EU countries have agreed to invest a total of €150 million for 20 cross-European energy infrastructure projects, mainly in Central Eastern and Southern Eastern Europe, and the Baltics.
11 of the 20 projects - selected via a call for proposals under the Connecting Europe Facility (CEF), an EU funding programme for infrastructure - are in the gas sector worth a total of €80 million. Nine projects are in the electricity sector worth a total of €70 million. 17 projects are studies needed before work can take place - worth a total of €30 million, and three are construction works worth a total of €120 million.
The projects will increase energy security by contributing to the completion of an EU energy market and increasing the integration of renewable energy on the electricity grid. They will also help end the energy isolation of some EU countries from Europe-wide energy networks.
"The completion of a truly competitive EU-wide energy market is essential in order to turn the Energy Union into a reality. But without reliable and well-connected energy networks this will not happen. This is why we are investing in projects to integrate the market further and to diversify sources and routes, in particular in Central Eastern and South Eastern Europe as well as in the Baltic region," EU Commissioner for climate and energy, Miguel Arias Cañete, said.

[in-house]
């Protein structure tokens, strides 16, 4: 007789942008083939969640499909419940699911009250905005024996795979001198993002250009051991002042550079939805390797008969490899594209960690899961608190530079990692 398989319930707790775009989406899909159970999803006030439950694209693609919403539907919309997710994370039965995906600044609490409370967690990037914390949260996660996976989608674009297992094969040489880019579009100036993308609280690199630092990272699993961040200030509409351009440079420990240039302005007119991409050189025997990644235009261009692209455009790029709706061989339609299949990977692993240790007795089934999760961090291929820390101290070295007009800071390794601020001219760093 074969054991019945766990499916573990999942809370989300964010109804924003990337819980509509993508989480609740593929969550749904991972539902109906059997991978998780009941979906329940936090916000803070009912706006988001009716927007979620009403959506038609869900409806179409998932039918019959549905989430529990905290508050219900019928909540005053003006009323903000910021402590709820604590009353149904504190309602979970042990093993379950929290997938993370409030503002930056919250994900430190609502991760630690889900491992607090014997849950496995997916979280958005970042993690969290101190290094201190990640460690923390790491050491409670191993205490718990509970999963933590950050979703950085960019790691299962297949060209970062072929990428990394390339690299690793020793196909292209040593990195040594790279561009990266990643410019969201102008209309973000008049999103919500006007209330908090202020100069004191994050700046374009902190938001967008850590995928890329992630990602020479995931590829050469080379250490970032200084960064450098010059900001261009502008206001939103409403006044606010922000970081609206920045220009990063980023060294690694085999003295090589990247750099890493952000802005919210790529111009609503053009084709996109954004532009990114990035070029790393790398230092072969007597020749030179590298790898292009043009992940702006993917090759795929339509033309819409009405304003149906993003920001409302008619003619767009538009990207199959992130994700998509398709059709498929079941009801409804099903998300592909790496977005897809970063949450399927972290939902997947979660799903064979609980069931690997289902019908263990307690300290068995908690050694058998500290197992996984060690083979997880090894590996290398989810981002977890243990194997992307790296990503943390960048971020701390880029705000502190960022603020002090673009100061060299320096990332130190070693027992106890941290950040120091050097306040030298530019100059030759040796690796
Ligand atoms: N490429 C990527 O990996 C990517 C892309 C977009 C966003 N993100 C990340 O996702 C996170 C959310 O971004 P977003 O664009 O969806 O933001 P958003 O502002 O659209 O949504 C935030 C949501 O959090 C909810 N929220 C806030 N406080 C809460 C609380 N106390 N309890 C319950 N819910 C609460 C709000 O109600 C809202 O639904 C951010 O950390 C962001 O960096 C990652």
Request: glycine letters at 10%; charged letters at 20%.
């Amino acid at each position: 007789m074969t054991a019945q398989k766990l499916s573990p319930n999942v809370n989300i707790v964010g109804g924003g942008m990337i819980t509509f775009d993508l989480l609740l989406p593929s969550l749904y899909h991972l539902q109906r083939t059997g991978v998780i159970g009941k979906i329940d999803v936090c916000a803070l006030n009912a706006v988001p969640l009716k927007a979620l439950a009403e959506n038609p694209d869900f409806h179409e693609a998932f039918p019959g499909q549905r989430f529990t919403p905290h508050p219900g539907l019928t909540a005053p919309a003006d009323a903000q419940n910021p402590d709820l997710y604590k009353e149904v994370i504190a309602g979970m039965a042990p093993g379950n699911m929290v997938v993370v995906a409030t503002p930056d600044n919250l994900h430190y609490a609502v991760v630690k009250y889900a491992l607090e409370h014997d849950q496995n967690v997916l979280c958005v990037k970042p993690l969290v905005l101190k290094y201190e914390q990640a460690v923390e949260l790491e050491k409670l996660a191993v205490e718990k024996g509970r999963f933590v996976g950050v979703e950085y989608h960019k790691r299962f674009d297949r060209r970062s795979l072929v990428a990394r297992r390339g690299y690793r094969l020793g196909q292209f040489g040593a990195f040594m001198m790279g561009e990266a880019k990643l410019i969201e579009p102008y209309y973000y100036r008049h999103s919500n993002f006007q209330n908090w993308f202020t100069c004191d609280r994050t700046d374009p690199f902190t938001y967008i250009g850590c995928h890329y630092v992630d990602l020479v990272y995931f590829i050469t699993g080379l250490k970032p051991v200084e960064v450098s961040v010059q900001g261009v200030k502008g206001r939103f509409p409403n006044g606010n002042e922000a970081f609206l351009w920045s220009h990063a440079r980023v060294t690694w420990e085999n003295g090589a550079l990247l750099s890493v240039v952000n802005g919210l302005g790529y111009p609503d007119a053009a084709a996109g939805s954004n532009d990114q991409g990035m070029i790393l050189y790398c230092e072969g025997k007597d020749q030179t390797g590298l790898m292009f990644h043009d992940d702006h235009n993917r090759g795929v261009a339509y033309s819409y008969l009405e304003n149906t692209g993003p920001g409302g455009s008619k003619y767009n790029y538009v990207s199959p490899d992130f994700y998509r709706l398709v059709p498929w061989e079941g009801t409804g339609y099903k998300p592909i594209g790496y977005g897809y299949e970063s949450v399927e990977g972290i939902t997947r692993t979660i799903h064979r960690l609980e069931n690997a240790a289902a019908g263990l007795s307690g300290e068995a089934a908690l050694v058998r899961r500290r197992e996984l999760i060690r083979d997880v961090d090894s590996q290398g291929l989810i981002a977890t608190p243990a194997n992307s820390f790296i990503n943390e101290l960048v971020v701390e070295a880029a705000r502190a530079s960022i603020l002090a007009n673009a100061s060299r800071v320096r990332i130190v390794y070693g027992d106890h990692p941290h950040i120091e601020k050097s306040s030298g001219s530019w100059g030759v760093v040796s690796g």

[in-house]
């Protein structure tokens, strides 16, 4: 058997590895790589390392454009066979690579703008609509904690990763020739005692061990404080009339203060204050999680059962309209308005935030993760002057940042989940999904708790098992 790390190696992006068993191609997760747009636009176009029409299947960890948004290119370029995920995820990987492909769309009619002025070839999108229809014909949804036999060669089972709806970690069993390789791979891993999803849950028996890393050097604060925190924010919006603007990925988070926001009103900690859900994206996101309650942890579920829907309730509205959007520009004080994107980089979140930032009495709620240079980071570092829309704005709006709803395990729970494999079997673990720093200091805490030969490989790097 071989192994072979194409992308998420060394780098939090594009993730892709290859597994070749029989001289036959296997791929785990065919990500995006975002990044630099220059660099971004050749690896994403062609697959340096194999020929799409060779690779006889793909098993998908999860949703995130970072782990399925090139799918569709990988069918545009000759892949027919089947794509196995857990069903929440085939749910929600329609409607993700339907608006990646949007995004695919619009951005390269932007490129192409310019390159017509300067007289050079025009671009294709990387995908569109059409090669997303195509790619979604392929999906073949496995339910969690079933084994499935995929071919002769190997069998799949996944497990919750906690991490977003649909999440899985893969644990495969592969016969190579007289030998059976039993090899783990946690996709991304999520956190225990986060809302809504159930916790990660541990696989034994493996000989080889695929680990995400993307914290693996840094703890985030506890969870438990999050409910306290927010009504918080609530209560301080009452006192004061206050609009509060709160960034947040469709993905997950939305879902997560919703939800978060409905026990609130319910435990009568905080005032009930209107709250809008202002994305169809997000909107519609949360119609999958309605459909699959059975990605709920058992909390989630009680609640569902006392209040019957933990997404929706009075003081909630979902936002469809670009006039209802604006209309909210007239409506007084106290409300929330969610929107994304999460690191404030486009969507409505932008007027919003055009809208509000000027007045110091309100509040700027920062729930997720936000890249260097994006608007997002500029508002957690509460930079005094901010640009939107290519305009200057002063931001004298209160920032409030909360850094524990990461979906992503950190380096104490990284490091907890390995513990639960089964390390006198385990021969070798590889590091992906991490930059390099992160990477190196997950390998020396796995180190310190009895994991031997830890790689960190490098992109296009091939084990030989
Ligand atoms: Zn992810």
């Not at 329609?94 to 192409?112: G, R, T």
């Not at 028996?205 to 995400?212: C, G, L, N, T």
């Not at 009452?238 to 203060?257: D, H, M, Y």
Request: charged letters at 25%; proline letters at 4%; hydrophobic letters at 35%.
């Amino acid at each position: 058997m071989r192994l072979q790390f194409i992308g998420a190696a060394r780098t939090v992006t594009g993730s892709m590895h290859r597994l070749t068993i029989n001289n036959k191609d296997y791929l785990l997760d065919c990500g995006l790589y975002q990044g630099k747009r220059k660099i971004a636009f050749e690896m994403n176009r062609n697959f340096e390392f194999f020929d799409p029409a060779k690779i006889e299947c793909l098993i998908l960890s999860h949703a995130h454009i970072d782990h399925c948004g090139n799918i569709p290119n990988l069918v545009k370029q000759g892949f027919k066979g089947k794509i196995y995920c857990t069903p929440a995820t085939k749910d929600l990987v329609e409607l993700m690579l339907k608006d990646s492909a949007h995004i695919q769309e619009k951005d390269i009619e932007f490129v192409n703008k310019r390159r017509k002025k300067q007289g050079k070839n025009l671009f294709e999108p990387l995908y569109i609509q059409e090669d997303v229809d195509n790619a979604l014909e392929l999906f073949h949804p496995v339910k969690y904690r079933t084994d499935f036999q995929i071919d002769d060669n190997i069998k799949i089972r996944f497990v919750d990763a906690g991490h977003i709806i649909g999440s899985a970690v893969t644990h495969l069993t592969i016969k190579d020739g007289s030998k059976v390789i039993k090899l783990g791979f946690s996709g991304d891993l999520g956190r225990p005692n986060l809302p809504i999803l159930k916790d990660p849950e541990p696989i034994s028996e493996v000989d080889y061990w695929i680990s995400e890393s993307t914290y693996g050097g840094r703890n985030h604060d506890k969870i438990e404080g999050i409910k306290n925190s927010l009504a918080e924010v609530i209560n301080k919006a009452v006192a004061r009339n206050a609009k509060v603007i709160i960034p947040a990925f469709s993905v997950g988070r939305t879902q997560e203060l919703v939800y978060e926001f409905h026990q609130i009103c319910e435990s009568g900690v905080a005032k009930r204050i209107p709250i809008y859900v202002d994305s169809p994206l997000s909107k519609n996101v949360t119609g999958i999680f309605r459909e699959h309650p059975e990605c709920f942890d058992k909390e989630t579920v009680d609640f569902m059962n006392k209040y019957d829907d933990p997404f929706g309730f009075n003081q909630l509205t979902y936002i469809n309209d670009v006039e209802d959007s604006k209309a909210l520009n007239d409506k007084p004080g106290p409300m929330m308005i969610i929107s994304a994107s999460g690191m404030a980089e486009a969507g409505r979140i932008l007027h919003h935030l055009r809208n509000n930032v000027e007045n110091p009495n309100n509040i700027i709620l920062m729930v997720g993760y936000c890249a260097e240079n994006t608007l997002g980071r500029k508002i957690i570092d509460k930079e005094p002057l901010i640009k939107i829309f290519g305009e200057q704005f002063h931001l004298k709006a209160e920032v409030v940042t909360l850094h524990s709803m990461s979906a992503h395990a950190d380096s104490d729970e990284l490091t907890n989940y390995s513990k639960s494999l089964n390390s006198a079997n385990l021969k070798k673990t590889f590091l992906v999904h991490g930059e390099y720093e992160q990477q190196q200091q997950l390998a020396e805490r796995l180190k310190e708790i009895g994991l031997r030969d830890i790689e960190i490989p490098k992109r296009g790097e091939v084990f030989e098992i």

The grants will cover seismic surveys for the Chiren underground storage expansion project in Bulgaria, works on an interconnection between Poland and the Czech Republic, and studies into the practice of odorising gas – the different practices vary across EU countries and are a major barrier to connecting gas markets. Other projects include a study into an undersea France-Ireland interconnector, work on a new overhead transmission line in Bulgaria, and an interconnector between Lithuania and Poland.